This paper outlines a migration path towards Universal Broadband Connectivity, motivated byhighlighting the advantages of and policy implications for a novel asynchronous wireless communications network.
We argue that the cost of real-time, circuit-switched communications is sufficiently high that it may be the wrong starting point for rural connectivity. Based on market data for information and communication technology (ICT) services in rural India, we propose a combination of wireless technology with an asynchronous mode of communications that offers a means of introducing ICTs with:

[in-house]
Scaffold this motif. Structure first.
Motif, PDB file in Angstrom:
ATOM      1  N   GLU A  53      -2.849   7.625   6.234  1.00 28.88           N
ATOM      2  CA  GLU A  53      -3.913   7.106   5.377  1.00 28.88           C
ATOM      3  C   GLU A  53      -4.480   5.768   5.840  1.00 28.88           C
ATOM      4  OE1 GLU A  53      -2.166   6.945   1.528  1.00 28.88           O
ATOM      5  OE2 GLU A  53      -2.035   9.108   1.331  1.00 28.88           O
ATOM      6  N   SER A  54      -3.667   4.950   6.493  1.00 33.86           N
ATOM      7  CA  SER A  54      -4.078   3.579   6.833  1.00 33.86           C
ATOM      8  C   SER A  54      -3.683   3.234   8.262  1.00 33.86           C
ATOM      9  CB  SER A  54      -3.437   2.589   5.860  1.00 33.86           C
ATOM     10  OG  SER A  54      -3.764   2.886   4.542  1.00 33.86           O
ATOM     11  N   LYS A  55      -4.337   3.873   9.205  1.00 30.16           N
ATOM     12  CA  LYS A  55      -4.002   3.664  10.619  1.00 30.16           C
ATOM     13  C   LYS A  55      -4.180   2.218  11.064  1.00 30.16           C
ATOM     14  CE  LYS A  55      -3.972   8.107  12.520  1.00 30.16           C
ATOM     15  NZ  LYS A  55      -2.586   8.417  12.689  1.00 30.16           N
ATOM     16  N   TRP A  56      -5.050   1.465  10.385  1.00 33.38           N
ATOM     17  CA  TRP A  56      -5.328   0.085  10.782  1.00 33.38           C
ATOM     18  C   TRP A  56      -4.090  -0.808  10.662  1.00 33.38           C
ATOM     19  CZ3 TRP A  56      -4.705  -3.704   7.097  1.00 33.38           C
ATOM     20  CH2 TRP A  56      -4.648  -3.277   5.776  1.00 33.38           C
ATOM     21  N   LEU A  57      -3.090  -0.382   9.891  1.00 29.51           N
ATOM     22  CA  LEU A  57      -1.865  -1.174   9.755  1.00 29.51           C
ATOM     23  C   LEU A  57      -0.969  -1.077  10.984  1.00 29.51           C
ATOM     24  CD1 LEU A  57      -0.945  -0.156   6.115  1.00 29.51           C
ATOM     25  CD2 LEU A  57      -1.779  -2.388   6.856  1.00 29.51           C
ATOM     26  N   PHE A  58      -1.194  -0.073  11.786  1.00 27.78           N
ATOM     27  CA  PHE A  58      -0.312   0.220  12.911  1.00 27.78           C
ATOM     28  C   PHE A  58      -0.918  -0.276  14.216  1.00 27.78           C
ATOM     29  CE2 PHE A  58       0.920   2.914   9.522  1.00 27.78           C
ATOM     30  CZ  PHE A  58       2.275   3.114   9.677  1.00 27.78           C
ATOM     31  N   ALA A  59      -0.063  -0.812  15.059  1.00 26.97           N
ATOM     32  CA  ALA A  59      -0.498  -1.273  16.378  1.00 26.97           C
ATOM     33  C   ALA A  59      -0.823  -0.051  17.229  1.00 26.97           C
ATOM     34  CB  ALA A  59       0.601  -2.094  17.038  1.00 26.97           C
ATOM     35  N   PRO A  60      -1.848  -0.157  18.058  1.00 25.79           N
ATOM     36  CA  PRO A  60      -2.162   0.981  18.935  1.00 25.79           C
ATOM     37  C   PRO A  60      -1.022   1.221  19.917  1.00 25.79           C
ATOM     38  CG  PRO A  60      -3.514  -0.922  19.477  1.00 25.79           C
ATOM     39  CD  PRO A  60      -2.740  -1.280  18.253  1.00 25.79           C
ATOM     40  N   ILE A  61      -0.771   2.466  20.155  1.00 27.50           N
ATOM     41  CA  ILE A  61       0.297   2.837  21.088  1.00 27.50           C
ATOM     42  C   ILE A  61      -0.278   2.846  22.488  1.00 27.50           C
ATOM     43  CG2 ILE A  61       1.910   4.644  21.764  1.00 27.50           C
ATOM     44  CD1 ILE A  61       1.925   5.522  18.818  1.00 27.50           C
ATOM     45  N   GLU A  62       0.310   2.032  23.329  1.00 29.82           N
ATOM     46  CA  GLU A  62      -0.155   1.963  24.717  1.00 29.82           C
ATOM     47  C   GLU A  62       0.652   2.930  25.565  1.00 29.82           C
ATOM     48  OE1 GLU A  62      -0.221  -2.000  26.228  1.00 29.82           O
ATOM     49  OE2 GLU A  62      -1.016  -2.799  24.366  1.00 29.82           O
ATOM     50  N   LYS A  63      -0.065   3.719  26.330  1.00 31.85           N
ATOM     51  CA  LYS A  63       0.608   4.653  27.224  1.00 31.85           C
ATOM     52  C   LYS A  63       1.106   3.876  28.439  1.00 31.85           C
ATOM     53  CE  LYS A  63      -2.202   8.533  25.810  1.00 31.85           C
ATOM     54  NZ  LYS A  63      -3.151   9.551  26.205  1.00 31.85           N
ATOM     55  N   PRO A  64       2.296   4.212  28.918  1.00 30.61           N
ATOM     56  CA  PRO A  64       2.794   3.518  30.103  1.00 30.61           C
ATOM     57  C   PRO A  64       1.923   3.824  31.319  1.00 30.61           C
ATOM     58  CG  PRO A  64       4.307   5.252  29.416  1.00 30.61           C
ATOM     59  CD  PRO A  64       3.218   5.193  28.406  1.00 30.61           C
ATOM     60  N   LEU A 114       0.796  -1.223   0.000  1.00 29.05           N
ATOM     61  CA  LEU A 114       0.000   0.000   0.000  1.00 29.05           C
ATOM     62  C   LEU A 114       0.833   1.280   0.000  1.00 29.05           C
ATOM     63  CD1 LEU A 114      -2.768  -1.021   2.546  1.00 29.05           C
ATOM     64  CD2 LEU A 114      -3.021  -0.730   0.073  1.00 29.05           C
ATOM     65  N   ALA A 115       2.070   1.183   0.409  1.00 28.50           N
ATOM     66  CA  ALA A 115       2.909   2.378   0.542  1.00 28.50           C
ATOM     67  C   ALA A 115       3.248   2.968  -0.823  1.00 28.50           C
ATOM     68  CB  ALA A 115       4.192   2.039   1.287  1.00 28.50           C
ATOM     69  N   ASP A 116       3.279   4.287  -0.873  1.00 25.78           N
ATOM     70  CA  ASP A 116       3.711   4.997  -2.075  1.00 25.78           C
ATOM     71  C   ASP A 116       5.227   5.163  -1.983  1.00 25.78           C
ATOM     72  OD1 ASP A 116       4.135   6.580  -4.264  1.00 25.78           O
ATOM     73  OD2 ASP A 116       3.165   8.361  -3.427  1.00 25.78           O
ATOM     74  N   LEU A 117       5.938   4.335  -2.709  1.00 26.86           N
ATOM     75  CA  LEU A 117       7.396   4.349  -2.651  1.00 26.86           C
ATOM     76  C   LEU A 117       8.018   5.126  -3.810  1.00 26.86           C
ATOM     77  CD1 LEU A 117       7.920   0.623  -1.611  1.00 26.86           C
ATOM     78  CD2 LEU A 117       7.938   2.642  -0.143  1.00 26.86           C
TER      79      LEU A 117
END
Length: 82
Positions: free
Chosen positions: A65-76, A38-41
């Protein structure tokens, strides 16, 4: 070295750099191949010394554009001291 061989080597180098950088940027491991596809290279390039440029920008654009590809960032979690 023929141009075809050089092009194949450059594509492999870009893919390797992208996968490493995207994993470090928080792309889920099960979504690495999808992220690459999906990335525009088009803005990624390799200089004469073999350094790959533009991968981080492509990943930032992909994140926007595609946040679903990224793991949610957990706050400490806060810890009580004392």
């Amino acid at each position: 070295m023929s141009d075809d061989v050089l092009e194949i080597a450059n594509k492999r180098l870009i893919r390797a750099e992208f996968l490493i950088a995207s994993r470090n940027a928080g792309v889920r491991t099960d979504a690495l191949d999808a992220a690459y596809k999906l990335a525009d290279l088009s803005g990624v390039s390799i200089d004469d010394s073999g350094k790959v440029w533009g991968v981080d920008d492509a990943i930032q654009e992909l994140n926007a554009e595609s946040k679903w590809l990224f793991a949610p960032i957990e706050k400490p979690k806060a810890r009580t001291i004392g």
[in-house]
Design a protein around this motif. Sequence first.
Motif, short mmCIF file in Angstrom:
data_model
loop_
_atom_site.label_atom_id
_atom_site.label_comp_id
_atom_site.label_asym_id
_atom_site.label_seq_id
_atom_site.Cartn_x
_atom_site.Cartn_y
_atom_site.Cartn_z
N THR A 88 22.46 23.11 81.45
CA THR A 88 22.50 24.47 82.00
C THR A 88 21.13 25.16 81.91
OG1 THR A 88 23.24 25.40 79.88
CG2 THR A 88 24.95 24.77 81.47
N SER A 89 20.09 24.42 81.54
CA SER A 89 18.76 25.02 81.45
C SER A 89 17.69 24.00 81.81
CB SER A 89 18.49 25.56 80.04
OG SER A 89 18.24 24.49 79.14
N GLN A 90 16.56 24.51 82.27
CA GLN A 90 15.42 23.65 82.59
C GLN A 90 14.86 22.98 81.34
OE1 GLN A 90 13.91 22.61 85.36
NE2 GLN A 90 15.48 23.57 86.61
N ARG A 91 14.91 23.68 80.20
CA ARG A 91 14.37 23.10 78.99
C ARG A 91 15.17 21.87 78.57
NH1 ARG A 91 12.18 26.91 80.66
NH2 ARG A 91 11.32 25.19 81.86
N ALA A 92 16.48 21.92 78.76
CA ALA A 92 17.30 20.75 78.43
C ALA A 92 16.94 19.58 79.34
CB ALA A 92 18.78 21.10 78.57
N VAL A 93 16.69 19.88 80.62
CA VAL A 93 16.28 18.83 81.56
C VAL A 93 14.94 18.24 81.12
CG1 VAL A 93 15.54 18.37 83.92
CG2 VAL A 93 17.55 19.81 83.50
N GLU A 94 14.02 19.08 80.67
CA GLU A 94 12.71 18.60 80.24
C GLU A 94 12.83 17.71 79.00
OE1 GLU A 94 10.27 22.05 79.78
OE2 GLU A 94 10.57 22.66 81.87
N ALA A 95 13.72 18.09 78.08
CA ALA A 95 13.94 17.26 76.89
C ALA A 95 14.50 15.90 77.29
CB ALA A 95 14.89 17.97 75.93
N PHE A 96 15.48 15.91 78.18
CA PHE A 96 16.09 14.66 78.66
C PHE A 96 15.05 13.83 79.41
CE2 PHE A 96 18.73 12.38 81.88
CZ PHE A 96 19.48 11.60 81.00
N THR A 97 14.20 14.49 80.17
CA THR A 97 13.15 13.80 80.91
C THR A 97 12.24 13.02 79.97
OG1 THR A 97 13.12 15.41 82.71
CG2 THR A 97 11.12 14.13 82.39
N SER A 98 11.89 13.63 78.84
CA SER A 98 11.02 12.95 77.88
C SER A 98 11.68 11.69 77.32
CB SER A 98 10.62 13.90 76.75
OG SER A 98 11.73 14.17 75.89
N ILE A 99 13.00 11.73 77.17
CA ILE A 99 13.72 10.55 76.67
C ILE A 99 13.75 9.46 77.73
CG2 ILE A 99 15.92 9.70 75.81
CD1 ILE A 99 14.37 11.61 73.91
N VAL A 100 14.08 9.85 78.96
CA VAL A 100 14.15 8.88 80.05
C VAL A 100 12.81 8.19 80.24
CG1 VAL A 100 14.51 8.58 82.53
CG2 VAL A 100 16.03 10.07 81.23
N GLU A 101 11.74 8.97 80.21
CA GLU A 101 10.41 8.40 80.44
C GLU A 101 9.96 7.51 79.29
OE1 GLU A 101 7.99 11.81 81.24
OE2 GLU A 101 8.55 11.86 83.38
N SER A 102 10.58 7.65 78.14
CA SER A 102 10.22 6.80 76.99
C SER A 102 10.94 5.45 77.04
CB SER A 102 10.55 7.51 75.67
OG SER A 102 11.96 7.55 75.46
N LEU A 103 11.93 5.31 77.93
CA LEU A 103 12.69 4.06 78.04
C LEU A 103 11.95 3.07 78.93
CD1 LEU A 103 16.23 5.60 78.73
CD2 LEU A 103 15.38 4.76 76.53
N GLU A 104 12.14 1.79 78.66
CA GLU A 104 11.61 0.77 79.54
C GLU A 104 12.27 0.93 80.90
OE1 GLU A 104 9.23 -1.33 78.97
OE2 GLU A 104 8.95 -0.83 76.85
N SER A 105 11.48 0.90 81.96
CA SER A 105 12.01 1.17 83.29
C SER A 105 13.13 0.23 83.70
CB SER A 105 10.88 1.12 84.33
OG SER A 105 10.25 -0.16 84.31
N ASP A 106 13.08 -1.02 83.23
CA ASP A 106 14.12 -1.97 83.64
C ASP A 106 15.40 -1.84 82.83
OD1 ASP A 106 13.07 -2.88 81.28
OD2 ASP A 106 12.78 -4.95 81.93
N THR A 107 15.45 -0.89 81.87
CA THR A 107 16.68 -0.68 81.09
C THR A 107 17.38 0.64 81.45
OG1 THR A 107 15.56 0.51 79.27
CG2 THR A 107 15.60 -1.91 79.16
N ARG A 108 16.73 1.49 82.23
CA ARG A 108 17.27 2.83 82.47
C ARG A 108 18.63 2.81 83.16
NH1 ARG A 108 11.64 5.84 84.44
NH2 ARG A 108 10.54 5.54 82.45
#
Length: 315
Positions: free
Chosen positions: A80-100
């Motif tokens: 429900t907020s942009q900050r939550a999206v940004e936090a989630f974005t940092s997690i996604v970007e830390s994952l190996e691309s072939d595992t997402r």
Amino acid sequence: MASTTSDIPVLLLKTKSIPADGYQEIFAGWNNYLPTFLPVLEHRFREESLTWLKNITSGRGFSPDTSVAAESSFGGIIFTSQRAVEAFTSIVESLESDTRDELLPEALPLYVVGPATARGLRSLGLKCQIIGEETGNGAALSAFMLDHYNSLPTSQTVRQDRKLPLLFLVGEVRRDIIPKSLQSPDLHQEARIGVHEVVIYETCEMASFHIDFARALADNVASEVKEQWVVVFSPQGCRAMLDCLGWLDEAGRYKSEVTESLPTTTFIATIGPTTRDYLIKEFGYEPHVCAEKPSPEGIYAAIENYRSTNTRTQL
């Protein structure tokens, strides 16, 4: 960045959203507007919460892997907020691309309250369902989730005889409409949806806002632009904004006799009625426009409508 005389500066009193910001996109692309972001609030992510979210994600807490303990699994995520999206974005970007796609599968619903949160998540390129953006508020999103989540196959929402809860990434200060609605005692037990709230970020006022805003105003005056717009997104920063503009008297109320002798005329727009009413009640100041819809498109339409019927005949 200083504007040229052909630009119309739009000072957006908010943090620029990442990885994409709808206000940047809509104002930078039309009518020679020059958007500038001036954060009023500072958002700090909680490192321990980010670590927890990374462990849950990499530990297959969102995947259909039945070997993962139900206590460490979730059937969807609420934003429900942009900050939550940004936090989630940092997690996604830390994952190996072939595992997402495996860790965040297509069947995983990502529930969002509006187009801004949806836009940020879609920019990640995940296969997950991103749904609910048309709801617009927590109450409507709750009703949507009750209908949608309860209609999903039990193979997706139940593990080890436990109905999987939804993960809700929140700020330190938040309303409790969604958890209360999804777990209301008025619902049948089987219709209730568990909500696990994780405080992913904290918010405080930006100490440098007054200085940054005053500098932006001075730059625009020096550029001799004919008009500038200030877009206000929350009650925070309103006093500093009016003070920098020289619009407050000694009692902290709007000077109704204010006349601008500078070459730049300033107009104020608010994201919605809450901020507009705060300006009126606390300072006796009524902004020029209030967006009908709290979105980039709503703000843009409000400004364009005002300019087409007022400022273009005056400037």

The Digital Divide is just as much about a gap in understanding as it is a gap in connectivity. There are often clear fundamental differences between what is proposed by technology visionaries, many of whom have never seen a village, and what is actually needed by end-users, many of whom have never used a telephone.